Ethiopia: "Terrorist journalists" and press freedom
By Abebe Gellaw | July 2, 2011



Reeyot Alemu
Reeyot Alemu

Two young Ethiopian journalists, Woubishet Taye, Deputy Editor of Awramba Times, and Reyot Alemu, a columnist of Fetih newspaper, have been facing terrorism charges under the controversial “Anti-Terrorism Proclamation No.652/2009”. Coincidentally, it was only last week that the 547-seat Ethiopian Parliament, where the ruling party occupies all but two seats, officially named Al Qaida, Al Shabab, Ginbot 7, the Oromo Liberation Front (OLF) and the Ogaden National Liberation Front (ONLF), terrorist groups. The implication of that on journalists and government critics is that any news reports or commentaries on these groups can be deemed abetting, promoting, encouraging or endorsing the causes of terrorists.

In August 2009, Ethiopia’s “Anti-Terrorism Proclamation No.652/2009” entered into force with its publication in the Federal Negarit Gazeta. Since its inception, the elastic terrorism legislation has been dogged by controversy as it further criminalizes freedom of expression and thought. Amnesty International, Human Rights Watch and the Committee to Protect Journalists, among many others, took turns to appeal to Prime Minister Meles Zenawi to reconsider the legislation. But, as usual, Mr. Zenawi did not take his regular critics seriously.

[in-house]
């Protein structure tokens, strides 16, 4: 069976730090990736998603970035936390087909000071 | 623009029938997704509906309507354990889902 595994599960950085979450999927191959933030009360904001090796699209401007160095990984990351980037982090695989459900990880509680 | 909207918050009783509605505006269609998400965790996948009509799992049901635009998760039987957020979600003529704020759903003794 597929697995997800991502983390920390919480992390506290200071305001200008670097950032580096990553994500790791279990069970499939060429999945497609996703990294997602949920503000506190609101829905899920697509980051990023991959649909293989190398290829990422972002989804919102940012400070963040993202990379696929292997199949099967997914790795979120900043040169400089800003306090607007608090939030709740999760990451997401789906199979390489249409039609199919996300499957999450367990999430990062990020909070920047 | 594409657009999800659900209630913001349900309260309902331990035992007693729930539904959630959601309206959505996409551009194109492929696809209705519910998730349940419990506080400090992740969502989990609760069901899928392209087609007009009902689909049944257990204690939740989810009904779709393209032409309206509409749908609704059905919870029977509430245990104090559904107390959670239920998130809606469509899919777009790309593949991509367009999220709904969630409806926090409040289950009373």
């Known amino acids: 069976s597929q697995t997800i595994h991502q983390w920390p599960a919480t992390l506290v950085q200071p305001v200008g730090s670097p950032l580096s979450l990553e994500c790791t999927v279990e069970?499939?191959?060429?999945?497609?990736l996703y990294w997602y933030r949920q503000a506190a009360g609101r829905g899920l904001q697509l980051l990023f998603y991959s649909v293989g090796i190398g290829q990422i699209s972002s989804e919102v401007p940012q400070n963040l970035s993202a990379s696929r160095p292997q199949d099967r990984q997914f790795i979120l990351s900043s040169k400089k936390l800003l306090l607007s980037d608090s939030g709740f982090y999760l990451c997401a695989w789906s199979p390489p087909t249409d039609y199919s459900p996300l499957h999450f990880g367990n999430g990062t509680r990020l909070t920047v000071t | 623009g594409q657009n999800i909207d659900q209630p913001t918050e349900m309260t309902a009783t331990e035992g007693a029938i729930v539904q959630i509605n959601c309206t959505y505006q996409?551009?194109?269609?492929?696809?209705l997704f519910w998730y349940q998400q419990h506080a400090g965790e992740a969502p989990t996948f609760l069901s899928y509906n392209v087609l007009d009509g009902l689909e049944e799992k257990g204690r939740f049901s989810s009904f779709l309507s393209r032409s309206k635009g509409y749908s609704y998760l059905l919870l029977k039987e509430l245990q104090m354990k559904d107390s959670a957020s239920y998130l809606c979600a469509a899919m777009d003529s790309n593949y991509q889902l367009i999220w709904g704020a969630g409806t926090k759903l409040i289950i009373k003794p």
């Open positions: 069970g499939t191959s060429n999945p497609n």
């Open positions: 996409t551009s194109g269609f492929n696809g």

Critics argue that the law is deliberately broad and ambiguous. It not only allows hearsay to be presented in court as evidence against terrorism suspects, but also deems demonstrations and protest rallies terrorist acts if they cause disruption of public services, including traffic, according to a Human Rights Watch analysis on the legislation.

Article 6 of the proclamation stipulates: “Whosoever publishes or causes the publication of a statement that is likely to be understood by some or all of the members of the public to whom it is published as a direct or indirect encouragement or other inducement to them to the commission or preparation or instigation of an act of terrorism…is punishable with rigorous imprisonment from 10 to 20 years.”

Freedom of the press, which has now been deliberately confused with terrorism, has a fascinating story in Ethiopia. After the fall of the Mengistu regime in May 1991, freedom, democracy, equality and justice were loudly declared by the new sheriffs in town. In his first televised address to an anxious nation waiting for change, Meles Zenawi assured Ethiopians that a transition to democracy was launched in earnest that would transform Ethiopia for the better.